You could also argue there are some similarities to two other Kings seasons, both memorable. 2011-2012 (with firing Murray in December, albeit that team had not gotten off to a blazing start and had struggled, especially with offense). Another season (also quite memorable) that really compares with this is the 1992-'93 season. The Kings had one of the best records in the league in early December (despite not having Gretzky). Then, on December 8, they blew a 5-2 third period lead to the Canadiens in a neutral site game in Phoenix (not unlike this season's December 9 Islander game). Over the next two months, they won maybe 5 games, and lost games by scores like 8-3, 10-2, 7-1, and 7-2. Then, things finally stabilized, due in no small part to Rick Knickle, who provided decent goaltending, when even mediocre goaltending was hard to come by. (Is Rittich this year's Knickle? So far, he is). We all know what happened when the playoffs began. Granted, a coach (Melrose) was not fired that season, but it was like three (even 4, if you count the playoffs) seasons in one. What really concerns me about this year's team is that, unlike 1993 or 2012, when the KIngs had rock-solid team chemistry, it seems this year'e team (like 2006) does not. If this season plays out like 2006, then, yes, a total house cleaning is needed. The good news is that the Kings would not have to do a total rebuild, as QB and Clarke could very well be cornerstone pieces (as Clif pointed out above).
 
If this team had a some better goaltending over the last 6 weeks their record would be at least .500 over that span. They would still be sitting in 3rd place with a decent cushion over the Oilers. There were a few games where they absolutely sucked, but they had been in many/most of them.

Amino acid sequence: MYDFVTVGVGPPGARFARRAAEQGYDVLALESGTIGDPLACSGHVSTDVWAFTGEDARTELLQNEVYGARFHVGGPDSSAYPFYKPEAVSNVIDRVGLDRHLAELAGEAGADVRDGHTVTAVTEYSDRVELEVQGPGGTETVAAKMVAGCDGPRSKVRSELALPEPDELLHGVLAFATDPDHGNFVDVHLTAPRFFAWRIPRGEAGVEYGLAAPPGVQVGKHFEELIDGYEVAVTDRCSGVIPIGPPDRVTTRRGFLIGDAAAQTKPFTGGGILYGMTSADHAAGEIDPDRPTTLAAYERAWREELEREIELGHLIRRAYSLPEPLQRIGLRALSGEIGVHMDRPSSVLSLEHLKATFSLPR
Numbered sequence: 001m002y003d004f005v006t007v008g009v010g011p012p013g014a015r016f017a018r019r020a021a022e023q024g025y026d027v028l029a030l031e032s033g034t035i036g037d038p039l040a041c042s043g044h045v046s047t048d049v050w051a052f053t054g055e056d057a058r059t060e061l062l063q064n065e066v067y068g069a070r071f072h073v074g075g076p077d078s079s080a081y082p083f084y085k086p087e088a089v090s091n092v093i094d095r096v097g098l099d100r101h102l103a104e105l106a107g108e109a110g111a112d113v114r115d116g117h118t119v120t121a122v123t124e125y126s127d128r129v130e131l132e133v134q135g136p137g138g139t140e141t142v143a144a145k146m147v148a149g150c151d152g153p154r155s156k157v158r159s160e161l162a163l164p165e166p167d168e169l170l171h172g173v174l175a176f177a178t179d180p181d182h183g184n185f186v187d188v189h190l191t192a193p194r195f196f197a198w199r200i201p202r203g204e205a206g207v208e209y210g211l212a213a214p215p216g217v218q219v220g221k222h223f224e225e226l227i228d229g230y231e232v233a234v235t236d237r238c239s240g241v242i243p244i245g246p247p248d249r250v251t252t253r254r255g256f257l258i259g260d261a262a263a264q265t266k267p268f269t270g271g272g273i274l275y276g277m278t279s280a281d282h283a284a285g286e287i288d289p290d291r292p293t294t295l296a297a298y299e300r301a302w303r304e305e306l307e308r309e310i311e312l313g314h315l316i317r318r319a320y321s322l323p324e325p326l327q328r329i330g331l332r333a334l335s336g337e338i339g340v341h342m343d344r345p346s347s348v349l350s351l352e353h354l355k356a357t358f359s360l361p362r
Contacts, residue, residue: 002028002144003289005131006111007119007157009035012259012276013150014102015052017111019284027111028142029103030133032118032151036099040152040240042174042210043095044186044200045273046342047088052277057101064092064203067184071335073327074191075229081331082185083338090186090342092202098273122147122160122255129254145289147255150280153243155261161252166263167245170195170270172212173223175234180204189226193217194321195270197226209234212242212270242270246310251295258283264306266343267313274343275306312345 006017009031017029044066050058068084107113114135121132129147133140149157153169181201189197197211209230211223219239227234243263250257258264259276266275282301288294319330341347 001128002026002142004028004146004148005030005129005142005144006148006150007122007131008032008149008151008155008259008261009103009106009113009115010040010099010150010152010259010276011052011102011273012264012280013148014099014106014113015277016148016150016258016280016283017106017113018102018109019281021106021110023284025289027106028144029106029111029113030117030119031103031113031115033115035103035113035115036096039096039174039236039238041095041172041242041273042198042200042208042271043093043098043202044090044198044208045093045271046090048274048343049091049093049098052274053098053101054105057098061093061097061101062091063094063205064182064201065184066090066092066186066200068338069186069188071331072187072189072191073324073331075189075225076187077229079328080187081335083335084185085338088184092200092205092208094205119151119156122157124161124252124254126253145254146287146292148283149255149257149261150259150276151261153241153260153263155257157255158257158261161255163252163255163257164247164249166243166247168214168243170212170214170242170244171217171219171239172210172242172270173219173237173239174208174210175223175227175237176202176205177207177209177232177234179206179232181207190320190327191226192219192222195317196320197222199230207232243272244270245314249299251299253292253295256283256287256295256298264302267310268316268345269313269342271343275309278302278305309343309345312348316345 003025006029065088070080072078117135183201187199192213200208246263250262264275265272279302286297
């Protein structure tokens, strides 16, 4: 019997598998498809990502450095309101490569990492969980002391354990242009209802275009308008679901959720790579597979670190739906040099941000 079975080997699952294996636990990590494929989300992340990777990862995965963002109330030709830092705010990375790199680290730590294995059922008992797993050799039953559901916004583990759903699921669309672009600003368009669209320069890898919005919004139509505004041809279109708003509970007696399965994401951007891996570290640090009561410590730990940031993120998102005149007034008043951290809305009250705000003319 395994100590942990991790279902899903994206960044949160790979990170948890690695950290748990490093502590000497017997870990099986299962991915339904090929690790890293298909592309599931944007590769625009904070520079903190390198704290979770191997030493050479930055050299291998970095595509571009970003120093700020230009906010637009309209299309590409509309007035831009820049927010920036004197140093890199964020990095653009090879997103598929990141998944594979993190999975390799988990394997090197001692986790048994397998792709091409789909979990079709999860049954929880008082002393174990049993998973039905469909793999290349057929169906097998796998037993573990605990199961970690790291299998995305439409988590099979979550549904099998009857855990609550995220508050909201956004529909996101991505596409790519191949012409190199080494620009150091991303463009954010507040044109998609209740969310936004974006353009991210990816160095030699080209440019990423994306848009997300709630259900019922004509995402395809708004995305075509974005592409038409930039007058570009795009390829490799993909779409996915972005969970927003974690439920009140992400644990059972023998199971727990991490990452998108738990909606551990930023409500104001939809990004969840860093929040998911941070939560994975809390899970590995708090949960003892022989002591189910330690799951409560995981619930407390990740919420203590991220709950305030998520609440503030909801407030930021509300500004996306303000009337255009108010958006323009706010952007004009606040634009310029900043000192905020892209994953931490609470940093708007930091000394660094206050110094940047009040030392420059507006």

Andy Murray probably should have been shown the door after the heinous 2004 collapse.
He should have been shown the door after the car accident and Tippet took over and led us to the playoffs.
 
Byfield and Clarke may be as impactful players as Drew and Kopi. Can’t sweat not having a Quick in the pipeline. If anyone from the Cup years was truly generational, it was him.

I think a lot of people are underselling the Kings’ current pipeline. Potential impact players include:

Turcotte
Pinelli
Thomas
Helenius
Lee
Ziemmer

Dvorak
Krygier
Moverare
Salin

Portilo
Slunkynsky

Spence and Laf will continue to grow into important players. If half the other players hit, this team is in good, and potentially exciting shape. Even with PLD, theory (and history) goes he’ll be a productive player centering the second or first line.

I feel far better about this team than that 2006 collapse because of the pipeline. The question is who is going to value it and capitalize with proper patience and smarts. is Blake cornered, flailing, ahead of his skis, or ready to navigate a continually improving roster? We are all rightly leary now. All is far from lost but the **** up account is also cashed out.
It was obvious that TM was pushing every button he could, and they weren’t responding. Coaches have a shelf life. The salary cap makes it harder to turn over a roster, he didn’t want to do it, but he had to.

As much crap as we throw at Blake, he owned it to some degree in the press conference. His comments about going to Hiller to get more of an outside view was encouraging. My hope is that depending on how this season goes, if he stays, maybe he’ll wake up that having a front office and development group that isn’t entirely based on his former teammates and close friends. Loyalty can only take you so far in this business, and looking back we won because the org went and rebuilt everything with outsiders. I’m not saying that we shouldn’t have former players in the mix, but it never hurts to have differing opinions.